Like uttering “Beyonce” or “Elvis,” you need only say, “Jazzfest,” to legions of long-term fans, and they’ll know what you mean. The annual New Orleans Jazz and Heritage Festival, first held in Congo Square in 1970, now draws close to a half million attendees over the course of seven days in late April and early May. Hear every music genre from jazz and gospel, to r&b and rock from the multiple stages throughout the Fair Grounds.
But the festival is more than all those great sounds. While music certainly takes center stage, the festival’s culinary offerings are a close second, followed by, in no particular order, spectacular people watching, the after fest shows around town and back to food. People come just to get their mitts on fest favorites such as mango freeze, cochon de lait po-boy and Crawfish Monica, just to name a few. Held on the Fair Grounds Race Course where Gentilly meets Bayou St. John, Jazz Fest is an annual tradition for a legion of locals and fans from all over the world.
Hundreds of food options are available at the food booths that fill the Fair Grounds, so Jazz Fest regulars know to arrive hungry. There is always an abundance of Cajun, Creole and other New Orleans traditional staples, as well as other dishes, desserts and drinks with international inspiration. Some favorites include Crawfish Monica, crawfish bread, crab cakes, fish tacos, crawfish enchiladas, roast beef po-boys and so much more.
There are two cooking stages at the Fair Grounds Grandstand demonstrating the rich culinary history of New Orleans, and offering samples of signature dishes featuring local ingredients from famous chefs, farmers, fishermen and home cooks. Of course, there is also an oyster bar.
Arts and Crafts and More
Musicians aren’t the only form of live entertainment at Jazz Fest. There are professional craft showcases, cultural marketplace demonstrations and the Mardi Gras Indians on parade. Be sure to keep an eye out for their colorful handmade suites and feathered headdresses.
The art and crafts for sale at Jazzfest showcase the works of hundreds of local and nationally known artists. Festival-goers can visit three main marketplaces throughout the event space to get a taste of art inspired from cultures across the globe. All the booths are staffed by the people who create the work, and they are happy to share their stories.
At the Congo Square and African Marketplace there is a combination of both ancient and modern art and crafts from around the African Diaspora. These pieces are full of the culture and soul that have shaped New Orleans today. They include jewelry, paintings, musical instruments, photographs, clothing, purses and more.
The Louisiana Marketplace displays traditional and contemporary local works, including woven baskets, jewelry, wall hangings, pottery, musical instruments and photographs. Among the Blues and Gospel tents in Heritage Square, you’ll find Contemporary Crafts, a nationally recognized showcase of intriguing handcrafted pieces like clothing, accessories, pottery, jewelry, books, ornaments, sculptures and more.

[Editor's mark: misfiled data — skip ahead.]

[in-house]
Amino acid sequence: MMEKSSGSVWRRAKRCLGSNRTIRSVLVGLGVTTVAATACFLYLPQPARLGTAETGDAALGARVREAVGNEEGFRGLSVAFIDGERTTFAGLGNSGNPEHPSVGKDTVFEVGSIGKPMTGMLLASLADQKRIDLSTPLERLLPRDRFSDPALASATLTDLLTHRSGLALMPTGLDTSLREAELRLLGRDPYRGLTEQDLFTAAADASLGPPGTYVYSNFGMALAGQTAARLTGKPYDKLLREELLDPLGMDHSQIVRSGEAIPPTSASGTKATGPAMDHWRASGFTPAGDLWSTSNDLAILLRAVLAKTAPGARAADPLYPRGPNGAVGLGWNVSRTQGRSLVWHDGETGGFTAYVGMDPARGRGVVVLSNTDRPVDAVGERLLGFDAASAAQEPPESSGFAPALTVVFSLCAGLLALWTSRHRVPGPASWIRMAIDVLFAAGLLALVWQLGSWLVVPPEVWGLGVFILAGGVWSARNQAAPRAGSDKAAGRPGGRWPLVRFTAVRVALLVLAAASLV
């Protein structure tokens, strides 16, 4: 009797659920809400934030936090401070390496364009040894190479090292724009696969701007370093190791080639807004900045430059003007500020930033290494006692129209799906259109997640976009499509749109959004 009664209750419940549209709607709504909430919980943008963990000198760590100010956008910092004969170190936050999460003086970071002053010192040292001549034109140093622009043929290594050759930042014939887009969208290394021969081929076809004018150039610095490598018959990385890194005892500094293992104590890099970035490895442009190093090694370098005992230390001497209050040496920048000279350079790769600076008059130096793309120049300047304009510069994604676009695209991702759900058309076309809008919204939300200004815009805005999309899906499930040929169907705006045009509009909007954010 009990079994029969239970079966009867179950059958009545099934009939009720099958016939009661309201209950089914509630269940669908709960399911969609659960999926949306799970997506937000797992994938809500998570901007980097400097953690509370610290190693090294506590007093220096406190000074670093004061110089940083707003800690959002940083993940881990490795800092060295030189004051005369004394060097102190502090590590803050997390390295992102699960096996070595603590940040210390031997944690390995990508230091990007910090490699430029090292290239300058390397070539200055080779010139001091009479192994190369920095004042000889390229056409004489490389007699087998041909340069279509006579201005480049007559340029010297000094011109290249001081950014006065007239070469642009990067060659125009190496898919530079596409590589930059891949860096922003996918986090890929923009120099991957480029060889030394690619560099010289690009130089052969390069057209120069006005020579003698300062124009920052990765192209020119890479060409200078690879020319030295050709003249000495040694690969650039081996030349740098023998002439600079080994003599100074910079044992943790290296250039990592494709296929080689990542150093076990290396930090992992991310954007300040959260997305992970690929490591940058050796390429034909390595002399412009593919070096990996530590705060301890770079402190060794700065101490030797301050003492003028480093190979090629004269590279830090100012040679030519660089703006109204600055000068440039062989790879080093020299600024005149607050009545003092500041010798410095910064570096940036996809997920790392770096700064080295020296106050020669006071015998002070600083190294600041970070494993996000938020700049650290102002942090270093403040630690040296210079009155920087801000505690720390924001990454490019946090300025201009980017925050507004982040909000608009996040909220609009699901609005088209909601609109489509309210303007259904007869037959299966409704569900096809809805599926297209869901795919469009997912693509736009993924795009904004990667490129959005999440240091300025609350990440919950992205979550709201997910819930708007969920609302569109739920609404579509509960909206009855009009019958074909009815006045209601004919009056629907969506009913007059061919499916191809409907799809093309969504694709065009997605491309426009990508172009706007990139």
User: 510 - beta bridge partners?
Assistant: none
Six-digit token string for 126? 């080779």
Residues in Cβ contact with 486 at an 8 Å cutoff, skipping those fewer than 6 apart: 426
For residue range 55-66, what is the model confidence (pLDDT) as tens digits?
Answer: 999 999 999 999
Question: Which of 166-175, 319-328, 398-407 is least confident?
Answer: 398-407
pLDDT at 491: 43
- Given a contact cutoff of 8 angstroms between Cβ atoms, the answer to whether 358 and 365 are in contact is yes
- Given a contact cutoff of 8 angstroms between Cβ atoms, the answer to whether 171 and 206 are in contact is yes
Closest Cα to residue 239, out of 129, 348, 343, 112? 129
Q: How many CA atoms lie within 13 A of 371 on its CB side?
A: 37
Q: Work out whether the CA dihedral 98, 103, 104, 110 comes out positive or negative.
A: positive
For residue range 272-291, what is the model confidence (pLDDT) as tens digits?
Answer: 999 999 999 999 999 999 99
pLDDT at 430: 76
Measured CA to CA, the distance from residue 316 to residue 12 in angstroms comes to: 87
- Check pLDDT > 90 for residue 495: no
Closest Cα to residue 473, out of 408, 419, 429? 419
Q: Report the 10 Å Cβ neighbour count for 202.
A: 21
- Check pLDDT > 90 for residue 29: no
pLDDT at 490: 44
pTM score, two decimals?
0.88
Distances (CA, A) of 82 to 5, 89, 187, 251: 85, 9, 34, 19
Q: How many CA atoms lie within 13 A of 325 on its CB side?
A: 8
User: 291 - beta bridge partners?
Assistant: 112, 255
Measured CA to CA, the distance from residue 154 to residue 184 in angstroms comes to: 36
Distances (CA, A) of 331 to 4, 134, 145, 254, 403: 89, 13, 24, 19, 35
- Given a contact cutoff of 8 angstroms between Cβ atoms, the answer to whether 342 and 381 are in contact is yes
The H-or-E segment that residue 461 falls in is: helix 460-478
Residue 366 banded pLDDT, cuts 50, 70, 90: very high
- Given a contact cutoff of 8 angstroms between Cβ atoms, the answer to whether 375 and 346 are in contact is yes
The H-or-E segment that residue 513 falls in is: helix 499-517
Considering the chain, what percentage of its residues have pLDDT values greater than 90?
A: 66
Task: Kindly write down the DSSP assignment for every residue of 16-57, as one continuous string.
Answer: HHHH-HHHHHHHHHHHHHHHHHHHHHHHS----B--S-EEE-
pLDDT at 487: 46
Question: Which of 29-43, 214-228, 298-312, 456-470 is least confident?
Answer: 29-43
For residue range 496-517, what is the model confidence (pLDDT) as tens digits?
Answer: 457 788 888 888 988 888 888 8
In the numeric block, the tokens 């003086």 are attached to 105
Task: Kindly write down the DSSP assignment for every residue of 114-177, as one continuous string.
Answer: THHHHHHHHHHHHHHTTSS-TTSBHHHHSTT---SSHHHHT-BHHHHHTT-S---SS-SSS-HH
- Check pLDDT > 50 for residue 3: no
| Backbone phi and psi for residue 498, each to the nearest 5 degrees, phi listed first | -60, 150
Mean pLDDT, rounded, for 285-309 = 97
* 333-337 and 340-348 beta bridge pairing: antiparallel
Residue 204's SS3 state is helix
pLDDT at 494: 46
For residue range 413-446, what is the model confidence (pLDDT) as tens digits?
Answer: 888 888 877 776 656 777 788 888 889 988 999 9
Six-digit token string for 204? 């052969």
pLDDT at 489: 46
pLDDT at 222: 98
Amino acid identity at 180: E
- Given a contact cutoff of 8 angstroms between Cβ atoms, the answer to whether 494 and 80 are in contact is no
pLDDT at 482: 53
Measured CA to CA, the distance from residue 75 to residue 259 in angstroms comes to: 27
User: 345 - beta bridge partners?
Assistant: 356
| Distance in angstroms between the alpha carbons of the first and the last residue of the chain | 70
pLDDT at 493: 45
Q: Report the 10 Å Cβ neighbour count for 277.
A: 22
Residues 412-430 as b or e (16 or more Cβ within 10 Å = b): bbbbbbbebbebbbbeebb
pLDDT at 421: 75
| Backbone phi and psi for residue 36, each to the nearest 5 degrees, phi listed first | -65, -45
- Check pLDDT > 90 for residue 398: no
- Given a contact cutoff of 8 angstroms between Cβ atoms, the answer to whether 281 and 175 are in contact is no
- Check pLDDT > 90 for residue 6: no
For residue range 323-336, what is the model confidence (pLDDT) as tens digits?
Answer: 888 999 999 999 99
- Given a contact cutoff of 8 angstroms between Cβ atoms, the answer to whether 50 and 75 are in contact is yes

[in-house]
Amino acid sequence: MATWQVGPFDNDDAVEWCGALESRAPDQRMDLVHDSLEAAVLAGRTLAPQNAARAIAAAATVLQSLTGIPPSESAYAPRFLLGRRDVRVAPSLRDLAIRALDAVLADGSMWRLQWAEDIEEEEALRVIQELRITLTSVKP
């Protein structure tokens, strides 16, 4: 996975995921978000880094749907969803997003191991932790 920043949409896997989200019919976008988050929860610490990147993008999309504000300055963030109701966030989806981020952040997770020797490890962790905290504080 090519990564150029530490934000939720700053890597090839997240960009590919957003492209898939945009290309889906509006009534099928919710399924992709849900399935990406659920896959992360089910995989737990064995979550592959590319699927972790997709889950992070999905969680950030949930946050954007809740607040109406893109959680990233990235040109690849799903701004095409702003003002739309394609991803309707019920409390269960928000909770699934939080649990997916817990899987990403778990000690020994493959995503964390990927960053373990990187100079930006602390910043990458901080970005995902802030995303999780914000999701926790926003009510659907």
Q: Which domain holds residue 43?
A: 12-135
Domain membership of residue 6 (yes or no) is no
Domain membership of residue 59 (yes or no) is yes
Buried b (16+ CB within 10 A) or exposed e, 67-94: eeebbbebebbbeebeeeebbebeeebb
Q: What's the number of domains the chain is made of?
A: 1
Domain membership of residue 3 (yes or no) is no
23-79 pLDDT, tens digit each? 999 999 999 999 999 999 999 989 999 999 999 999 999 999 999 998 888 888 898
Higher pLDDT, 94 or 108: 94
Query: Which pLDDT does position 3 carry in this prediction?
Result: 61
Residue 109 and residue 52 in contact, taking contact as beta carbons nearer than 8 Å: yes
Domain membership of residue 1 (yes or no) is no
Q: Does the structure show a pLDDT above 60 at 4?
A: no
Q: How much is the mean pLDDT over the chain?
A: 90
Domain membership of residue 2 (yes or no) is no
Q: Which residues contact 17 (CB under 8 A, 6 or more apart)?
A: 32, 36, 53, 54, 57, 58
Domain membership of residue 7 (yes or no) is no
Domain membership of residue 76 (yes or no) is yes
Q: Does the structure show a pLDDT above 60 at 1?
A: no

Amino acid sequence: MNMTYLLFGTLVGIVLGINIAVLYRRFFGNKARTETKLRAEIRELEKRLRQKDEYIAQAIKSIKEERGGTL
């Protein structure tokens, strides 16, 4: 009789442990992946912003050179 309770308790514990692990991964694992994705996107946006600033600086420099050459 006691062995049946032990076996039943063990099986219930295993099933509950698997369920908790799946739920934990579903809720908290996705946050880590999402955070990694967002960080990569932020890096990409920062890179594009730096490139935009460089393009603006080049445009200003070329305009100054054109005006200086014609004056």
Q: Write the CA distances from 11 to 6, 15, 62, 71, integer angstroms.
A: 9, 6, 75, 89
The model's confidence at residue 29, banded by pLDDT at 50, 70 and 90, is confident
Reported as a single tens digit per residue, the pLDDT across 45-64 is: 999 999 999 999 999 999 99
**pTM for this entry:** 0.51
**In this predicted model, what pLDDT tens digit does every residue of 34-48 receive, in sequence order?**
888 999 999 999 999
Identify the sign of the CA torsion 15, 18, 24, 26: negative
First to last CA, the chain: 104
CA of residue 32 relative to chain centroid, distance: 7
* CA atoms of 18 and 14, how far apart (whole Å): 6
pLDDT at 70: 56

If you’re looking for even more cultural immersion, check out the Louisiana Folklife Village and the Native American Village, celebrating the state’s rich heritage with songs, dancing, crafts, and exhibits for all to enjoy.
How to Get There
The Fair Grounds Race Course is at 1731 Gentilly Boulevard, just minutes from downtown and the French Quarter.
The immediate area around the site is barricaded and off-limits to most vehicular traffic. There are many parking lots nearby, but they do fill up early. Bus service on the Esplanade route brings festival-goers within walking distance of the festival gates, as does shuttle bus service from various park-and-ride lots and other convenient pick-up points around the city. There are also taxi stands outside of the major entrances to the festival, but the wait at the end of the day can be very long.
Biking is a popular way to get to the festival. There are a number of bike paths that lead to the Fair Grounds, as well as bike parking.
For a scenic route to the festival you can take the Canal Street streetcar line from downtown New Orleans. From there the festival is about a half-mile walk down Esplanade Avenue. Follow the crowd and you can’t miss it. Riders can also buy multiple-ride Jazzy Passes in advance, rather than paying for the fare when boarding streetcars and buses to keep things moving.
Reduced-price tickets are available through about January, and slightly reduced-price tickets can be purchased up to the day before the first day of the festival. Tickets are on sale at the gate. Children’s tickets are only available at the gate for kids ages 2-10 (must be accompanied by an adult).
You can also purchase a variety of VIP packages for special access to a hospitality lounge, parking and upfront viewing.
For many regulars, the night club shows are as good as a day at the Fair Grounds. Most of the musicians in town for the fest have their favorite clubs to play in after the festival ends for the night. Music clubs throughout the city offer performance after performance, starting as soon as the Fair Grounds empties and going until sunrise in some cases. Some shows don’t even begun until 1 or 2 a.m., so make sure you check the club listings.
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